Richard Leo Johnson scores The Bottom 

Student film also features a performance by Bubba Lewis

SHOT IN AN abandoned roadside gas station near Brooklet, Ga., the 24-minute student competition entry The Bottom is a complex melange of Greek myth and Americana.

It was scored by local music legend Richard Leo Johnson and features a lead performance by young Bubba Lewis of Bulloch County, better known for his roles in Flags of Our Fathers, ER, Hannah Montana, and many other nationally-known productions.

We spoke to writer-director Winn Coslick about the film last week.

What’s the basic narrative of The Bottom?

Winn Coslick: It’s a contemporary retelling of the tale about the boy who cried wolf. It’s set in rural America, and contains elements of the myth of Pegasus. There’s a boy named Seth, who gets his first job at an old gas station on a country road on its last leg. Part of the station is a big giant neon Pegasus. So the boy’s a modern day Bellerophon, who tried to ride Pegasus and was kicked off and destroyed.

How did you get the idea for that?

Winn Coslick: Myself and Heather Shiver adapted a short story called “The Bottom,” written by Glenn Blake. It’s in a book of his short stories called The Drowned Moon.

Why don’t more young filmmakers do adaptations of existing works?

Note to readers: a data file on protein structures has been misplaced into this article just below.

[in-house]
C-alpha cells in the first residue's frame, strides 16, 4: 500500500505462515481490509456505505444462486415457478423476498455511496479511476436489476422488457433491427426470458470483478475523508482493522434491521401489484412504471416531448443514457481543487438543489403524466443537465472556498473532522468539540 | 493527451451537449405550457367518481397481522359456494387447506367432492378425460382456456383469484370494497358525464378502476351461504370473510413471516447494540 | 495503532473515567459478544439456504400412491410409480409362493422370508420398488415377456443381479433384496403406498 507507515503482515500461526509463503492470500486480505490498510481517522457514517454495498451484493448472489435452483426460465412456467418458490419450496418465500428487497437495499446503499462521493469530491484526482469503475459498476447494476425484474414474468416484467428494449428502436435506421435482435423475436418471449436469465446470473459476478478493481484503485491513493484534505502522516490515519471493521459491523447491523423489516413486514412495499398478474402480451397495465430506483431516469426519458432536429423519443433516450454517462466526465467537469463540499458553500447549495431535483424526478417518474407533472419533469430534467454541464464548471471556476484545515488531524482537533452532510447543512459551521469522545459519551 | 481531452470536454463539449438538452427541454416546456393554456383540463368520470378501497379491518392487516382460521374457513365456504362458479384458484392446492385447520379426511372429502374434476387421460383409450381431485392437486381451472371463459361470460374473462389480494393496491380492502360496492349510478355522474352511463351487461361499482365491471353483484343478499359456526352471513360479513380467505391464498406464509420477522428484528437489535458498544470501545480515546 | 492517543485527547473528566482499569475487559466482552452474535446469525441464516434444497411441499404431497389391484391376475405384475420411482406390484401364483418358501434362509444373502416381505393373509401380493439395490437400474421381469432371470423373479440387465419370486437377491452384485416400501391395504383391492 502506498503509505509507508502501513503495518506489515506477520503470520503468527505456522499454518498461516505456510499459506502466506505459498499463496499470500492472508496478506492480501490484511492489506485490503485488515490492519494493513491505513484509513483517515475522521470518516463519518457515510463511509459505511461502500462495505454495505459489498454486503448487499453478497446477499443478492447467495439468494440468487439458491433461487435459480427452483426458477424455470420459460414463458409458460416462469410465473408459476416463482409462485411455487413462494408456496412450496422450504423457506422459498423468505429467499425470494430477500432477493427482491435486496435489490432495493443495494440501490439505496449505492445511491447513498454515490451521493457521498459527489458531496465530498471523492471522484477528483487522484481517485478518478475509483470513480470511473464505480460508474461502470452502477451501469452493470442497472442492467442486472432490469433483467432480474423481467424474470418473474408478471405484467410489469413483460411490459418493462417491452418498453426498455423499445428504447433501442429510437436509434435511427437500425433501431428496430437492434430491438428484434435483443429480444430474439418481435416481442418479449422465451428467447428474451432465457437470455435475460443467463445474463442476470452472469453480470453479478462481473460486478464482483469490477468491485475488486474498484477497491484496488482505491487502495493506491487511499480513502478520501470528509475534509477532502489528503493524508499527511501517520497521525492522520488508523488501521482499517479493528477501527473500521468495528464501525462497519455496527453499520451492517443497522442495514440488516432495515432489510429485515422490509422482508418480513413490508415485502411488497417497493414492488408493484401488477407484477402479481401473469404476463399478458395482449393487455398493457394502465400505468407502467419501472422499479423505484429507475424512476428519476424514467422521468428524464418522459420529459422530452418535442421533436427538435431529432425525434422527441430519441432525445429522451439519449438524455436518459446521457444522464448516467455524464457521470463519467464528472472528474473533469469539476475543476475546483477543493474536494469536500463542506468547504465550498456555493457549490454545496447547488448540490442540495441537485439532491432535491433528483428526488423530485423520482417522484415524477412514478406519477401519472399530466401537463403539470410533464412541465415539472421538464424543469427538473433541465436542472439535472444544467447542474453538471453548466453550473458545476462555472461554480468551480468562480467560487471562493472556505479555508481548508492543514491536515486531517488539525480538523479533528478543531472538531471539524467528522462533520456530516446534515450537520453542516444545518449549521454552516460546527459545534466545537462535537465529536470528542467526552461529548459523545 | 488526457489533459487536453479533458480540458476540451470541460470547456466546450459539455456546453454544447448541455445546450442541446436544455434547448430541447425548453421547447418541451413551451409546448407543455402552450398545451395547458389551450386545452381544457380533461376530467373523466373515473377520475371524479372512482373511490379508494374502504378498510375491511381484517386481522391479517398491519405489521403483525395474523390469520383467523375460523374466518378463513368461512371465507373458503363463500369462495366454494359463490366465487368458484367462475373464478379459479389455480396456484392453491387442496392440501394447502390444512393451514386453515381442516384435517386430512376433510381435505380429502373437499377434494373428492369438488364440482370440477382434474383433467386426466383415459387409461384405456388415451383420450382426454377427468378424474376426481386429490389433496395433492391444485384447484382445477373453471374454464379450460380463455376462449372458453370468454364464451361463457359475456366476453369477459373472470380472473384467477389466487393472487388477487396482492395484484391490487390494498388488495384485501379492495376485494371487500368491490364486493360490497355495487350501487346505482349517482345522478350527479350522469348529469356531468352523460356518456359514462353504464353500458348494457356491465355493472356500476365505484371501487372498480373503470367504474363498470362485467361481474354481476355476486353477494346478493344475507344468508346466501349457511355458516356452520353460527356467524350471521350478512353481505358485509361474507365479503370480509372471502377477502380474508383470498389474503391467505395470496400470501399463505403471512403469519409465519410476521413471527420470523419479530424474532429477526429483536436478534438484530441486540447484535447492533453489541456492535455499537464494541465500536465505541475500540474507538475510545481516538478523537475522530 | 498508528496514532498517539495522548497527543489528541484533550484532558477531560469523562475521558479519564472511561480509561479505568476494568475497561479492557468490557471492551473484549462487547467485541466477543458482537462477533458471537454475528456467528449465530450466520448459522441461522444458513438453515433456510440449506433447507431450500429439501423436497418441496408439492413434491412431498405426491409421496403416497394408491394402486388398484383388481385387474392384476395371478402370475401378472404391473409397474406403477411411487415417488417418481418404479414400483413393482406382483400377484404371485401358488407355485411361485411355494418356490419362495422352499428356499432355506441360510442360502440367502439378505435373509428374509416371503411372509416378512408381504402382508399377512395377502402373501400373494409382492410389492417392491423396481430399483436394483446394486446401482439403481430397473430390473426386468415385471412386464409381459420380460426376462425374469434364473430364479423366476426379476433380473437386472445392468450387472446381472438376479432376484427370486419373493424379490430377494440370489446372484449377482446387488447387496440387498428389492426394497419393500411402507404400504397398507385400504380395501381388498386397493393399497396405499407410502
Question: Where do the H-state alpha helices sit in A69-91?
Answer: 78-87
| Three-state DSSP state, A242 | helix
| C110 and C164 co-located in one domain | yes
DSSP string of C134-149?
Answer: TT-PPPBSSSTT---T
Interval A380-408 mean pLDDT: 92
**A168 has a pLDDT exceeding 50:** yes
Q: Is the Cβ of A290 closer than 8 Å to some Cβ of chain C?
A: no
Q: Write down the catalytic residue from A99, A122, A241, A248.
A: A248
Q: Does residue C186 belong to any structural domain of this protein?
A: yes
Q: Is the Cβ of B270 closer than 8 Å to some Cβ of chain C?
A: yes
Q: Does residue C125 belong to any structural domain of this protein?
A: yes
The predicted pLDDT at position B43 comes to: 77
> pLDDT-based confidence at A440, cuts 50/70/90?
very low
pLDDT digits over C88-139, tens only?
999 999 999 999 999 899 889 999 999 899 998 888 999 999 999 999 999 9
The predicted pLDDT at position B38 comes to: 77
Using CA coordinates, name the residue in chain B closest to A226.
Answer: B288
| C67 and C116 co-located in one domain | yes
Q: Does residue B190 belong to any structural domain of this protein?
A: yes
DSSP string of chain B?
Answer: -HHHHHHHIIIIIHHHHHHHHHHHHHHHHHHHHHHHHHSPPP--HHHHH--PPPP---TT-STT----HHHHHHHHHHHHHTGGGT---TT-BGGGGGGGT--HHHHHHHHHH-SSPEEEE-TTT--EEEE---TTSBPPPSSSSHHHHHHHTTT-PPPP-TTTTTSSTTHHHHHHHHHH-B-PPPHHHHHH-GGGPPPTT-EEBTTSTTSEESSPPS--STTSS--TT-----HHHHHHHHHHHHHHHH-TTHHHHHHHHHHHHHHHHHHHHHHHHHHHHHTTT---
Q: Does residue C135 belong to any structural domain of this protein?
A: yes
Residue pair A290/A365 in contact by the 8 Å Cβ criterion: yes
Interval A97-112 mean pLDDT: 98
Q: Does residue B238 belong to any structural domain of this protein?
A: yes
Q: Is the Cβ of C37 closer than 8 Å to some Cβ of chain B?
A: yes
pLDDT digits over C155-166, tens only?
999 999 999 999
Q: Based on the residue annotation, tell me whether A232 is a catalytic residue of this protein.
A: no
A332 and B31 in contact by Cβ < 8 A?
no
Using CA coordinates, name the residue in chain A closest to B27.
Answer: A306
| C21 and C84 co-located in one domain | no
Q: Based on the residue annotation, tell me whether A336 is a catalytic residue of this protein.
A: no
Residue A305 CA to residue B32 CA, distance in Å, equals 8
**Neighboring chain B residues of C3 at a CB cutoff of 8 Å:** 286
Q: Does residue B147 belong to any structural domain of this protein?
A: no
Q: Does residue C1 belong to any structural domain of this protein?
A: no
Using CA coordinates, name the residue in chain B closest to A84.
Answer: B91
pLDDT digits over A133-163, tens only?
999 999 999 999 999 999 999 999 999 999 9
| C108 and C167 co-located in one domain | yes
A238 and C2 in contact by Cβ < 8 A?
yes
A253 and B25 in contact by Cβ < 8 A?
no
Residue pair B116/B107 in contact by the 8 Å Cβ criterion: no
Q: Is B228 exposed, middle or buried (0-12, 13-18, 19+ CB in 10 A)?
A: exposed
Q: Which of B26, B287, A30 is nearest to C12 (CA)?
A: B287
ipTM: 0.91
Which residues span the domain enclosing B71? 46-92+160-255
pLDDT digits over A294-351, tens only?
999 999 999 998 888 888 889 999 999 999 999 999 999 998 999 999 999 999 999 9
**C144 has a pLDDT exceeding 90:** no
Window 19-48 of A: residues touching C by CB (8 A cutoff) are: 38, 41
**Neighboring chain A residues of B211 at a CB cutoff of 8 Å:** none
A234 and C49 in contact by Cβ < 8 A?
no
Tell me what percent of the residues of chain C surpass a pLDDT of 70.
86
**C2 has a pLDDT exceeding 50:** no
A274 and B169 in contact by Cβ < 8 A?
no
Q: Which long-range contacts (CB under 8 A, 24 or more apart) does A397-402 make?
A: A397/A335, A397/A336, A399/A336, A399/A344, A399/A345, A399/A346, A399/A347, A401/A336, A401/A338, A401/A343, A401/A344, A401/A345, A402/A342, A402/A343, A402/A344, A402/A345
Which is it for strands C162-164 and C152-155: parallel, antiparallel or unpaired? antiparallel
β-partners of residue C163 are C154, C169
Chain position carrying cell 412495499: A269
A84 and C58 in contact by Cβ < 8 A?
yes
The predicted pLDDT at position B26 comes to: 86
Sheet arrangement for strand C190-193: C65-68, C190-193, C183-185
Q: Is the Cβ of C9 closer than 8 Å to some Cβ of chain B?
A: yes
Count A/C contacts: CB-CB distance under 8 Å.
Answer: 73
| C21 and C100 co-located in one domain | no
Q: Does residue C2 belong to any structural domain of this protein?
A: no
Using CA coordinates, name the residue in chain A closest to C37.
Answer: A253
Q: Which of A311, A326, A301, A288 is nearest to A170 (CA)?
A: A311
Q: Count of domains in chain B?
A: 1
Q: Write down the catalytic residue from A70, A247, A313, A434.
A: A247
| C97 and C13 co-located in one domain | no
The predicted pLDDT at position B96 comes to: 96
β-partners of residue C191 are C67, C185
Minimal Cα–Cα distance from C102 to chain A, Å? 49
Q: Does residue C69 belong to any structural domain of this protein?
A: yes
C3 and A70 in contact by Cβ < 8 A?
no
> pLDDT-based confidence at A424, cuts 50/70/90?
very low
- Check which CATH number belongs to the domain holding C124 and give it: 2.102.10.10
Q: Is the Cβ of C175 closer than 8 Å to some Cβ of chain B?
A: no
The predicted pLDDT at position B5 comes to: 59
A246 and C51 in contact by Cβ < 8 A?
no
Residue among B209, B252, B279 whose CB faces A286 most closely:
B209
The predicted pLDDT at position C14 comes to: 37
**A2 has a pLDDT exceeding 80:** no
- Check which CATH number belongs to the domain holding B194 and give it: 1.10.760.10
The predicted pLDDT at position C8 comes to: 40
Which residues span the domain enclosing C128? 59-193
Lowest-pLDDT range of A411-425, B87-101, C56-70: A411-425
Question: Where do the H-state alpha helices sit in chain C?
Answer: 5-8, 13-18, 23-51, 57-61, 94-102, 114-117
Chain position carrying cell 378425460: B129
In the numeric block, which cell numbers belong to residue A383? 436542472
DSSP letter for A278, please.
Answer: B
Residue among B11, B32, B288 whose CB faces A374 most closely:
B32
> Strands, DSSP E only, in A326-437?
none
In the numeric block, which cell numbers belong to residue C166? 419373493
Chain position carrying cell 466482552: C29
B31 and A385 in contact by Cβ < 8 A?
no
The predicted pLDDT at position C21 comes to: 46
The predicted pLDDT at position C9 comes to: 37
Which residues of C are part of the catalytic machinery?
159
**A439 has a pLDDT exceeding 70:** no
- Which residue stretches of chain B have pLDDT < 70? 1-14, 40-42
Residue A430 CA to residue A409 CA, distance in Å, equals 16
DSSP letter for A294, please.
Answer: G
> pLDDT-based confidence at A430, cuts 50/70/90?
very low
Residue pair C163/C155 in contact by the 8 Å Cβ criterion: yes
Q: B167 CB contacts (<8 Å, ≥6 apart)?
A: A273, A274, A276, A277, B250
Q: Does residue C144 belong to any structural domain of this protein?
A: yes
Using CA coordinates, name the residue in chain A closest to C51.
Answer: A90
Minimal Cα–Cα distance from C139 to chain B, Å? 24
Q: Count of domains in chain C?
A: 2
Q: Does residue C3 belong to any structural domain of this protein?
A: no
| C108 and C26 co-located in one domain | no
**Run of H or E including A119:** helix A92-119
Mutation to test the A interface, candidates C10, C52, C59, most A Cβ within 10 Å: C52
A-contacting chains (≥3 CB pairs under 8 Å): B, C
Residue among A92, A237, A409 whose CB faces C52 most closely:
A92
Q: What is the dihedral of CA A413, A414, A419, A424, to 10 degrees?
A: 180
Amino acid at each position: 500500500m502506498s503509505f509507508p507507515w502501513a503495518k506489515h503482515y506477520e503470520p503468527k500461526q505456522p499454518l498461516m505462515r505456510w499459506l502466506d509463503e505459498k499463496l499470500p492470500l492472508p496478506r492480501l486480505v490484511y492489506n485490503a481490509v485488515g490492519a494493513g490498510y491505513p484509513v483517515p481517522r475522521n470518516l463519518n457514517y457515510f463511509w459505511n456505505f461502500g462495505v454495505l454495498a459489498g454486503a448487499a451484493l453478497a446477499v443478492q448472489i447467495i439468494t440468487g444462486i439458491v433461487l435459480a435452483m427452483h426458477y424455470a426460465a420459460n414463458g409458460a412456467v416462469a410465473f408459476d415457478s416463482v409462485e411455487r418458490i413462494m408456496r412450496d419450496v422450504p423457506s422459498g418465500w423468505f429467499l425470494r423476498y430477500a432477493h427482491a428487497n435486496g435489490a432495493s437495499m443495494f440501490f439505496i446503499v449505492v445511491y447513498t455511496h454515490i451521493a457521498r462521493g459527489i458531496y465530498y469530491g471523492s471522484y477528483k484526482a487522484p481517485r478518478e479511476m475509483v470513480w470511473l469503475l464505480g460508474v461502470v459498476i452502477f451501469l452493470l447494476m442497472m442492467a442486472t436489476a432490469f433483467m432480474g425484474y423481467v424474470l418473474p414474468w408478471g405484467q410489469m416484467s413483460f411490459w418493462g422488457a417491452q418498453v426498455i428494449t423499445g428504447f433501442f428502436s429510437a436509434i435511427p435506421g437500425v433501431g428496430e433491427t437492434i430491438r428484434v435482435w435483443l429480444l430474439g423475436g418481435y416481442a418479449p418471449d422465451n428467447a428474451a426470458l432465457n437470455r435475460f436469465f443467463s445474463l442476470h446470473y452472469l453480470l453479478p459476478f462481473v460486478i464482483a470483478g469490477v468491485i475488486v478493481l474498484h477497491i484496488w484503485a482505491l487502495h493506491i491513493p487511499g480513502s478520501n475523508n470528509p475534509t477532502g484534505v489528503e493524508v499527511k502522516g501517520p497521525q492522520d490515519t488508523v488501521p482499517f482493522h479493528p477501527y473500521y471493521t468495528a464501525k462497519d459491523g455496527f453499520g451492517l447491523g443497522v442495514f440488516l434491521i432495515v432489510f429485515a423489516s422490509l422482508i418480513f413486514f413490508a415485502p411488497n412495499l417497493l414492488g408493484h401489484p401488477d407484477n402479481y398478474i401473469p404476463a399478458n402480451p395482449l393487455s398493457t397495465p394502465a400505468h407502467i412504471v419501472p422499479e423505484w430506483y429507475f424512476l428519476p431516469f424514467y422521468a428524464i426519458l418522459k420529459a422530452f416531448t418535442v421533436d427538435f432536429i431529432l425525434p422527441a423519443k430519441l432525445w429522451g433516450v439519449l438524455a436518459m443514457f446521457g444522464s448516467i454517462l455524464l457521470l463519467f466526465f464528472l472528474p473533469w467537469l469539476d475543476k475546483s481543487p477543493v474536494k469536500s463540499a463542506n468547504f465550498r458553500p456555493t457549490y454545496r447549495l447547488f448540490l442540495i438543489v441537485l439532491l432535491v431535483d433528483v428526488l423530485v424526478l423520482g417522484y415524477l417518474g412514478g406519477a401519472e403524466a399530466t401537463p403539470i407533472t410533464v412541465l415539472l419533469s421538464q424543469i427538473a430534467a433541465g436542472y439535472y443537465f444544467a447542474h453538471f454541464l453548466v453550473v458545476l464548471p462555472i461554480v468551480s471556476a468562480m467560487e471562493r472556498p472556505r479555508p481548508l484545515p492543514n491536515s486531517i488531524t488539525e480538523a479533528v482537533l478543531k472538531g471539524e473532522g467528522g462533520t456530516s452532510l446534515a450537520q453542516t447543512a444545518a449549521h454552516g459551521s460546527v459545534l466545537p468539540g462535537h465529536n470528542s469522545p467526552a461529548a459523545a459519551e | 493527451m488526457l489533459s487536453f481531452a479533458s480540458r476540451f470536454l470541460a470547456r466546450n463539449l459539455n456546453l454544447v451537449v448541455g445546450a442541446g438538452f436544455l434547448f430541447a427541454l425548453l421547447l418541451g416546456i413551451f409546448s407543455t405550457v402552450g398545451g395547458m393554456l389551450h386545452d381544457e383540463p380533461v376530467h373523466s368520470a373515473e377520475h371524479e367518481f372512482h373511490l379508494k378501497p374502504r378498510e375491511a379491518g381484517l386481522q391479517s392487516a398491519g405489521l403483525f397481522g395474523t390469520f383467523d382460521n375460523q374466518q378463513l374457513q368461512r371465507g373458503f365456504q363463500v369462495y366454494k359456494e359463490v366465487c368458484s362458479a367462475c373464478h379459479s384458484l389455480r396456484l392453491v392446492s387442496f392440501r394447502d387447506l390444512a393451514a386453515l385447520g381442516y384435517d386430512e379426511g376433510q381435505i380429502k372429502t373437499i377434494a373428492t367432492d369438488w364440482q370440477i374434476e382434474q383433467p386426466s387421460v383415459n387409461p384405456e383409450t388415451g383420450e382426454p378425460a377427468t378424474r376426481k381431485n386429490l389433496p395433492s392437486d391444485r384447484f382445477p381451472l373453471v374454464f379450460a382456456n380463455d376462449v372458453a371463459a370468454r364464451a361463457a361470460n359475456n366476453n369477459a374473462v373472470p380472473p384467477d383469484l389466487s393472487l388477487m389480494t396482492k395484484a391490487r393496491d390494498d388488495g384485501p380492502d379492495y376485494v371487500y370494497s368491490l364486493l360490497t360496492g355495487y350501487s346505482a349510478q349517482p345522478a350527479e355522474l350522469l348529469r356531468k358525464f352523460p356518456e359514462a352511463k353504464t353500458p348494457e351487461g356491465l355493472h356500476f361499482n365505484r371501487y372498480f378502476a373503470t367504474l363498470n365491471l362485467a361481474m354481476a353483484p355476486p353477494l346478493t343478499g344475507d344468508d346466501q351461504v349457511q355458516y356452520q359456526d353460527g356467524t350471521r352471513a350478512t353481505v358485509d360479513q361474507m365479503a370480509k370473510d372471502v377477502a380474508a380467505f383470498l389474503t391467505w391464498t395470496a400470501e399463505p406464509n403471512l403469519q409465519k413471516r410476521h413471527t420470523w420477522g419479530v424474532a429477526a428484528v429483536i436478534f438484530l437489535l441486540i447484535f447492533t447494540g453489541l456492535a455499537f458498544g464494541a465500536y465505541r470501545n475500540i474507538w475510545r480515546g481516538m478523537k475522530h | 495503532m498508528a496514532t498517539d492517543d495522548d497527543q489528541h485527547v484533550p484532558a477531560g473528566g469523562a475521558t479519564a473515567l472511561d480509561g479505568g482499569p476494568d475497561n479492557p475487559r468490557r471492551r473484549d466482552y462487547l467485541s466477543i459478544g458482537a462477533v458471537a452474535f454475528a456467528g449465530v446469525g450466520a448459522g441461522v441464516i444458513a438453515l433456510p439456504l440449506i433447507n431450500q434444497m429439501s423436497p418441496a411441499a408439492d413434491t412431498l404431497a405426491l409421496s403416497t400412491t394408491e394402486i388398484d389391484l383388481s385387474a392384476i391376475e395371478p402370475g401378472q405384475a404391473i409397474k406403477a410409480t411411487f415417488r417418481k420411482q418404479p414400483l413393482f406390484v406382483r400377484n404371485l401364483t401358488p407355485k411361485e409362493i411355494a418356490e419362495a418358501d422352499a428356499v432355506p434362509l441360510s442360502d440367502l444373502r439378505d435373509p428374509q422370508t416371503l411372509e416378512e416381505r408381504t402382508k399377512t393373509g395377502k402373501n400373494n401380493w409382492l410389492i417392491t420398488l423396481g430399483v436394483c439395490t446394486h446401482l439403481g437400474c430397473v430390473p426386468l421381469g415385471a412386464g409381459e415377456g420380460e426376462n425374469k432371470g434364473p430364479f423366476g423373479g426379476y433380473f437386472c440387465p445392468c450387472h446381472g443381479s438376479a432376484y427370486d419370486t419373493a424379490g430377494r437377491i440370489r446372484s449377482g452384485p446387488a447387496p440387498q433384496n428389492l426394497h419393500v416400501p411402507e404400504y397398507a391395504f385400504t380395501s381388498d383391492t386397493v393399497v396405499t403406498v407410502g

Winn Coslick: I think it’s a great thing to do. I think one reason it’s not done more often is that it’s difficult to get permission. Luckily Glenn was kind enough and excited enough about the movie to let us do it for free.

Richard Leo Johnson scored The Bottom.

Winn Coslick: Yeah, we have music from The Legend of Vernon McAlister, his last album, and he also did some original music for it. When I sent Glenn a copy, he called me right away and said, “Oh my God, it’s like this music was written for this story.” It really adds an eery vibe.

It seems like most scenes set in gas stations tend to be in slashers.

Winn Coslick: Well, this is not a slasher movie. There are comic elements to it. It’s a darker story, but these comedic elements bubble up. There’s a sad ending to the story but I think it walks that line between humor and tragedy and fact and fiction. All of a sudden you can find yourself on the wrong side of that equation, and that’s where Seth finds himself. His pranks lead to problems.

This has kind of a large cast for a student film.

Winn Coslick: There are nine people. The story is told through the people that come through and stop at this gas station. It’s somewhat episodic. The visitors push the story along.

How did you manage to get Bubba Lewis?

Winn Coslick: Well, we were extremely lucky. Bubba Lewis is from Statesboro, and he had been working on episodes of ER and it just so happened be in town for the shooting of our film. Stratton Leopold sort of got the ball rolling for us. The idea was that our film would really showcase Bubba’s talent, which I think is huge.

He’s in every scene, so we needed a great actor. It was a fortuitious moment, kind of like finding an old gas station that provided us with all these beautiful elements. Also, we had another stroke of good luck of having Bubba living only about 20 minutes away from where we shot the film.

The Bottom screens Fri. Nov. 2 at 11:30 a.m. at the Trustees Theatre.


Speaking of Savannah Film Festival, Coslick

About The Author

Jim Morekis

Jim Morekis

A native Savannahian, Jim has been editor-in-chief of Connect Savannah for ten years. The University of Georgia graduate is also a travel writer, authoring regional guides in the Moon handbook series... more

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